On Tuesday, the two met, and in a turnabout that stunned governors, attorneys general and conservationists in other coastal states, Zinke exempted Florida from his department’s dramatic expansion of drilling leases across 90 percent of the U.S. outer continental shelf, including the Gulf of Mexico, Pacific Ocean, Atlantic Ocean and parts of the Arctic Ocean.
Now, governors concerned about drilling and its potential effect on the environment, beaches and tourism industry, which is worth billions of dollars, are asking why Florida is so special and vowing to wage a fight against new drilling, in court if necessary.
Zinke tweeted a statement that offered little explanation, describing Scott “a straightforward leader that can be trusted” saying that “I support the governor’s position that Florida is unique and its coasts are heavily reliant on tourism as an economic driver.”
California’s attorney general, Xavier Becerra, immediately objected. “California is also ‘unique’ and our ‘coasts are heavily reliant on tourism as an economic driver,’ ” Becerra said in a statement that parroted Zinke. “Our ‘local and state voice’ is firmly opposed to any and all offshore drilling. If that’s your standard, we, too, should be removed from your list. Immediately.”
What sets Scott apart from other coastal politicians is his ambition, widely reported by news organizations throughout Florida, to challenge Sen. Bill Nelson (D) and become an ally to President Trump in Congress. “It’s an option I have,” Scott said of running for Nelson’s seat.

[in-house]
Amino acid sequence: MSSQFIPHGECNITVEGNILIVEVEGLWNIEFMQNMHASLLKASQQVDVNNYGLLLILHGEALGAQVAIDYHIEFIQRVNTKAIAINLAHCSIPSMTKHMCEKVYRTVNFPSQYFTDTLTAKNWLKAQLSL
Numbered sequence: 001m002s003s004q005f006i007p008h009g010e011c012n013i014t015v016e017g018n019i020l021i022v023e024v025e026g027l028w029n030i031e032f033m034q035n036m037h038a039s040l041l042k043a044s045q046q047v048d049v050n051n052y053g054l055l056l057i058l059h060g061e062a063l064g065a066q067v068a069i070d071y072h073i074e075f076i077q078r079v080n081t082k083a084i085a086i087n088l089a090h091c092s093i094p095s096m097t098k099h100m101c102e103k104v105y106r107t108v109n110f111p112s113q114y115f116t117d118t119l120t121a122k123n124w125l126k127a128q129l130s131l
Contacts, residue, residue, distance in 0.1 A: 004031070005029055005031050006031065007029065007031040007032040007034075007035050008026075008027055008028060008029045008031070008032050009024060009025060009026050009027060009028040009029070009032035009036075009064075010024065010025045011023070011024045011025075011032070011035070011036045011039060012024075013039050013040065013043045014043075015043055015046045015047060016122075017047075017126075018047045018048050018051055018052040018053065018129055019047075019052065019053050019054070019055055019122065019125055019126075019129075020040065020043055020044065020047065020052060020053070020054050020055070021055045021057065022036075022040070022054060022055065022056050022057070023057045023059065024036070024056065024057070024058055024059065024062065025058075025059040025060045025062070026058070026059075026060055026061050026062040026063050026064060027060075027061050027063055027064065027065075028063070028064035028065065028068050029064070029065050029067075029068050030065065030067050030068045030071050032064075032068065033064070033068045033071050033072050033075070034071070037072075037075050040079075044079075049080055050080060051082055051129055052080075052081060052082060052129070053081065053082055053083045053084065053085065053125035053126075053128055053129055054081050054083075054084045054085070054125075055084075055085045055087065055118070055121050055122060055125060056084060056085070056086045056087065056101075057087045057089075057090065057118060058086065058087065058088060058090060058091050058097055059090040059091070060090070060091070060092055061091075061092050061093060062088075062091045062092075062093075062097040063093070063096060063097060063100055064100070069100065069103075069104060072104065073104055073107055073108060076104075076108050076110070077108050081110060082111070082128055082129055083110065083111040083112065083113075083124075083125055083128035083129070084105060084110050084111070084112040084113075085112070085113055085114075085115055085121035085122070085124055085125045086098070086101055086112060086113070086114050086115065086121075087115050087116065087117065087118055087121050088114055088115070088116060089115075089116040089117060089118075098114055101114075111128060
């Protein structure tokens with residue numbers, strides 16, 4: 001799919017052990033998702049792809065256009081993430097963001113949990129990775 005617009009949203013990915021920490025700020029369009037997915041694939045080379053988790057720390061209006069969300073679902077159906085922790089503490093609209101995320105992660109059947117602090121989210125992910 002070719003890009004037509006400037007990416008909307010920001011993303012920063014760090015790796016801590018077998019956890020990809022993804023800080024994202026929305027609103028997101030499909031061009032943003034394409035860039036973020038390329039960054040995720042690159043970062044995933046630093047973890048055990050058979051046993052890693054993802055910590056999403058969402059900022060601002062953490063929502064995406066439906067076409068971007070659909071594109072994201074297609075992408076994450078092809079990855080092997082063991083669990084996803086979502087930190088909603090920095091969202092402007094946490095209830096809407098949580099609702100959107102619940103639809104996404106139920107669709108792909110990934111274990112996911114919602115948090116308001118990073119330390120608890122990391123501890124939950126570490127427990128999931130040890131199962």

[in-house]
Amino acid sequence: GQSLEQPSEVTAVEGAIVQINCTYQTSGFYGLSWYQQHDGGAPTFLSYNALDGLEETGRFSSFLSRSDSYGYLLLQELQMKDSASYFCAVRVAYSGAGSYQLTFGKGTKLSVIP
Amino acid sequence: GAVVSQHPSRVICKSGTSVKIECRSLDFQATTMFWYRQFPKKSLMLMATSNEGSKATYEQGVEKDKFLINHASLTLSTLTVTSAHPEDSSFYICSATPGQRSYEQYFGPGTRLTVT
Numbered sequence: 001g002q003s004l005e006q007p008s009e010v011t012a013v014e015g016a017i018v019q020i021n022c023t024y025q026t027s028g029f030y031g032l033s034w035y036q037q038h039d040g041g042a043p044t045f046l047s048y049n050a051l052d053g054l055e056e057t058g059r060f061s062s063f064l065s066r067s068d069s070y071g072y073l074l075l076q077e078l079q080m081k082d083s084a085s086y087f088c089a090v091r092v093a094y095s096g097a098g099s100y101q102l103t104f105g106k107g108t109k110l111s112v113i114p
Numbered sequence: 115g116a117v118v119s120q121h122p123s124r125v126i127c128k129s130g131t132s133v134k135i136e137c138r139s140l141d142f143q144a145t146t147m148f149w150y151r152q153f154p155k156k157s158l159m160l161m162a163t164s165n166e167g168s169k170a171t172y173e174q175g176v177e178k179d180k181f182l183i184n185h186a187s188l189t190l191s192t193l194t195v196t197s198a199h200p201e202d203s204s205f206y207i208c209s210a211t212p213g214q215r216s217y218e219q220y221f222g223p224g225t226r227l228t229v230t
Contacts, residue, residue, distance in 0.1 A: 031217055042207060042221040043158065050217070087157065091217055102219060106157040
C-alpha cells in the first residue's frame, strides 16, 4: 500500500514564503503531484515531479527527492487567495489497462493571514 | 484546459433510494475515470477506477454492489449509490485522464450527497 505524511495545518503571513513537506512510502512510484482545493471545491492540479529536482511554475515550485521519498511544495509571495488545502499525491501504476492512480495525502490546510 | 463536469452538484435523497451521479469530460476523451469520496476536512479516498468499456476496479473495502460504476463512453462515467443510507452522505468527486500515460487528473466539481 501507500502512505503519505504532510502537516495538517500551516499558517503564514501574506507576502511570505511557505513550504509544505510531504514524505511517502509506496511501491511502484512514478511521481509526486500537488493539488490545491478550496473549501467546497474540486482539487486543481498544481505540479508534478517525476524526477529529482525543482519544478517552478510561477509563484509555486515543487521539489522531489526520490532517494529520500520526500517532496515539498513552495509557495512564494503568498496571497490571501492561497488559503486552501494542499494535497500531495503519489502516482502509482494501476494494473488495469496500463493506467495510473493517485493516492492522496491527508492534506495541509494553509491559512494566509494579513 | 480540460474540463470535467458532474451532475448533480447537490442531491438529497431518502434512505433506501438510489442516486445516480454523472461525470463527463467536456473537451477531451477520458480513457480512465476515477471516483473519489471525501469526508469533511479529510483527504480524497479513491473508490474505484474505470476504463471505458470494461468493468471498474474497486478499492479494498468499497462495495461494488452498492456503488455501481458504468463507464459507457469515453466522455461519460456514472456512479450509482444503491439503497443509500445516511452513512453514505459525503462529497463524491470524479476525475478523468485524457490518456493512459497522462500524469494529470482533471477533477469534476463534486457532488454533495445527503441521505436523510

Nelson has been as outspoken in his opposition to Atlantic and gulf drilling near Florida as Scott has been silent. The Trump administration’s acquiescence to Scott’s request was criticized by some as politics, saying it allowed the governor to position himself as a friend of the environment, even as local government officials, planners and environmentalists adamantly say he has never been.
Before January, Scott showed little interest in the developing proposal to drill off Florida’s coast. A map handed out by Interior officials in a briefing to congressional staffers on the proposed five-year drilling plan and included in a draft report indicated that the Scott administration formally took no position when asked by Interior in the summer of 2017.
A letter to Interior from the Florida Department of Environmental Protection in August said “the state remains concerned” about the drilling proposal, arguing that waters off Florida have “high environmental and economic value” and are “an essential component for developing and sustaining military readiness.” But the agency did not explicitly oppose offshore drilling in the letter.
“I have spent my entire life fighting to keep oil rigs away from our coasts. But now, suddenly, Secretary Zinke announces plans to drill off Florida’s coast and four days later agrees to ‘take Florida off the table’?” Nelson said in a statement Wednesday. “I don’t believe it. This is a political stunt orchestrated by the Trump administration to help Rick Scott, who has wanted to drill off Florida’s coast his entire career. We shouldn’t be playing politics with the future of Florida.”
“Senator Nelson and anyone else who opposes oil drilling off of Florida’s coast should be happy that the governor was able to secure this commitment,” Scott spokesman John Tupps said in an email. “This isn’t about politics. This is good policy for Florida.”